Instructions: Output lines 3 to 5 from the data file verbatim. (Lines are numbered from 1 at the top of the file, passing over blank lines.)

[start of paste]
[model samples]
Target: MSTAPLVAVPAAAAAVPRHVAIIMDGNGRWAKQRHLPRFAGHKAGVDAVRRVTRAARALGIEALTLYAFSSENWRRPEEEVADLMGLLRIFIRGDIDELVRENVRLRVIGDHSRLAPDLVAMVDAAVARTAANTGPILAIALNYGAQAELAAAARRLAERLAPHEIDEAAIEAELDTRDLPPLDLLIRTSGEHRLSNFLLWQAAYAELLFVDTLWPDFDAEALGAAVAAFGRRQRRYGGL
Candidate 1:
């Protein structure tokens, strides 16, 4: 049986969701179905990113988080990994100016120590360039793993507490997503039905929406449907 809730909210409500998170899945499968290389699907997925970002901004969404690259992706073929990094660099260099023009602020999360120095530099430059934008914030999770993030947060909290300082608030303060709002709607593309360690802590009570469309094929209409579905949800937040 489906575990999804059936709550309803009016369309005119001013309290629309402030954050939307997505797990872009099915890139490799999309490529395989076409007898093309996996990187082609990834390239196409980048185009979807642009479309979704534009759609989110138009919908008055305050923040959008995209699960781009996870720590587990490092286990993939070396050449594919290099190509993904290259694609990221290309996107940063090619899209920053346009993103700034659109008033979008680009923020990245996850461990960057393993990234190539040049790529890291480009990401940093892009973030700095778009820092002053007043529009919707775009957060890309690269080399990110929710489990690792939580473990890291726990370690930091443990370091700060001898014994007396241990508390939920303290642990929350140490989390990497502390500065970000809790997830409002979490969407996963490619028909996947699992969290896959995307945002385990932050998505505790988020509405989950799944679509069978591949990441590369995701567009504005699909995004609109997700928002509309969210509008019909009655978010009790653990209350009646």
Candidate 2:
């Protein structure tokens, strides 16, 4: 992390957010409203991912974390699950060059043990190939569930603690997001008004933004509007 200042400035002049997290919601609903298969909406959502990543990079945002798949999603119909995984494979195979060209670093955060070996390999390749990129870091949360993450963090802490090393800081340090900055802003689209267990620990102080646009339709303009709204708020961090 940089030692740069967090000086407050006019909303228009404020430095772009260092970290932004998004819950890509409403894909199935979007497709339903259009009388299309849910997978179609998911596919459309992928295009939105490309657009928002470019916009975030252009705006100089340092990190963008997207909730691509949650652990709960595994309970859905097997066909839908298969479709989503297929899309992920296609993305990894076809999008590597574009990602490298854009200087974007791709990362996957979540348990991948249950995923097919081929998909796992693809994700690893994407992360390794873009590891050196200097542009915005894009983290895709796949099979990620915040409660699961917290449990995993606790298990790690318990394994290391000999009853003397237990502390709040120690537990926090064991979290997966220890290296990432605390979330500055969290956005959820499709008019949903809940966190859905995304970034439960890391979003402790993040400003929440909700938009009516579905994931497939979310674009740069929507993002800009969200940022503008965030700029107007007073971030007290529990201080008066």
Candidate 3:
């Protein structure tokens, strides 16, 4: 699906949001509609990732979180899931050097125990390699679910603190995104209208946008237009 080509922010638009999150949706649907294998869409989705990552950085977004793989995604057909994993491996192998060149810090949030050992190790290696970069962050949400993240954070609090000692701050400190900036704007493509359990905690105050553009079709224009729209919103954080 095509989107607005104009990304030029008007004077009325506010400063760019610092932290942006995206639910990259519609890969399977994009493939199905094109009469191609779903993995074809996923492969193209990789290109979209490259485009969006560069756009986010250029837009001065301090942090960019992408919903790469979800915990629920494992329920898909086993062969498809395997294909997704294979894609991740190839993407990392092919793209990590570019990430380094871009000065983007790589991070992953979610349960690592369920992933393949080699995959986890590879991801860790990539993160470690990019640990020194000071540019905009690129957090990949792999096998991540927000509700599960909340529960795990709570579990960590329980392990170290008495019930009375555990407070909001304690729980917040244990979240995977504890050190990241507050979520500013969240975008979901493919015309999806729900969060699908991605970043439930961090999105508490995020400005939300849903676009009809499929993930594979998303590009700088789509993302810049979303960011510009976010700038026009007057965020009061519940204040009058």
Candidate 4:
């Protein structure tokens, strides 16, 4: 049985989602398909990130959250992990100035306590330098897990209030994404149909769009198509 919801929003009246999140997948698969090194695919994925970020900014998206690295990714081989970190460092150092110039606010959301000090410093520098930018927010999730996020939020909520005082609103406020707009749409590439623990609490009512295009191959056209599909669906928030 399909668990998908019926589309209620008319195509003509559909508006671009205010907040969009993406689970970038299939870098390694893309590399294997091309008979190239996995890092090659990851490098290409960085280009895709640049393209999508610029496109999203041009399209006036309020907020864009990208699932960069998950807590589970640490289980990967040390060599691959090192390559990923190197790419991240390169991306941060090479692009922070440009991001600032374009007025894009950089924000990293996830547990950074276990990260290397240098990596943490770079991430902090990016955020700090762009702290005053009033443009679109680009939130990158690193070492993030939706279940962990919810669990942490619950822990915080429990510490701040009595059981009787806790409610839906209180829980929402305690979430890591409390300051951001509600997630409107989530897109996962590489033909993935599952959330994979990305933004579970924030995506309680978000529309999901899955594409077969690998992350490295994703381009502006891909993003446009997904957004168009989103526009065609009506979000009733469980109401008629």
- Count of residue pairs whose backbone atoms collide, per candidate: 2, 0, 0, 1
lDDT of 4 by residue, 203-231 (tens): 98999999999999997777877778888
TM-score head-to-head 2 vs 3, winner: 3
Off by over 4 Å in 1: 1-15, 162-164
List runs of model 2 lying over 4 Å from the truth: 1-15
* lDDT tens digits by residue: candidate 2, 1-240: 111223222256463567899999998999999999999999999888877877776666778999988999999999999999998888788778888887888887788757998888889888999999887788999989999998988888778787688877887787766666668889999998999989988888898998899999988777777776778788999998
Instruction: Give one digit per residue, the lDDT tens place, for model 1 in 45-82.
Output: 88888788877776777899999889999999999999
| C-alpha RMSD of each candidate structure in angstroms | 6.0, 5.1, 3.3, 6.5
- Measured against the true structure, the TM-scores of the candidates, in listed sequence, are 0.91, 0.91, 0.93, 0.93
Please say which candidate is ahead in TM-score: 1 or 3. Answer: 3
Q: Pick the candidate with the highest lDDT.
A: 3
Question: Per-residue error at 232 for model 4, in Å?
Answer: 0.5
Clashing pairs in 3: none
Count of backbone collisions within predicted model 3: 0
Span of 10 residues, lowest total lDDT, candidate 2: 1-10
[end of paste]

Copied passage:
Candidate 1:
């Protein structure tokens, strides 16, 4: 049986969701179905990113988080990994100016120590360039793993507490997503039905929406449907 809730909210409500998170899945499968290389699907997925970002901004969404690259992706073929990094660099260099023009602020999360120095530099430059934008914030999770993030947060909290300082608030303060709002709607593309360690802590009570469309094929209409579905949800937040 489906575990999804059936709550309803009016369309005119001013309290629309402030954050939307997505797990872009099915890139490799999309490529395989076409007898093309996996990187082609990834390239196409980048185009979807642009479309979704534009759609989110138009919908008055305050923040959008995209699960781009996870720590587990490092286990993939070396050449594919290099190509993904290259694609990221290309996107940063090619899209920053346009993103700034659109008033979008680009923020990245996850461990960057393993990234190539040049790529890291480009990401940093892009973030700095778009820092002053007043529009919707775009957060890309690269080399990110929710489990690792939580473990890291726990370690930091443990370091700060001898014994007396241990508390939920303290642990929350140490989390990497502390500065970000809790997830409002979490969407996963490619028909996947699992969290896959995307945002385990932050998505505790988020509405989950799944679509069978591949990441590369995701567009504005699909995004609109997700928002509309969210509008019909009655978010009790653990209350009646």
Candidate 2: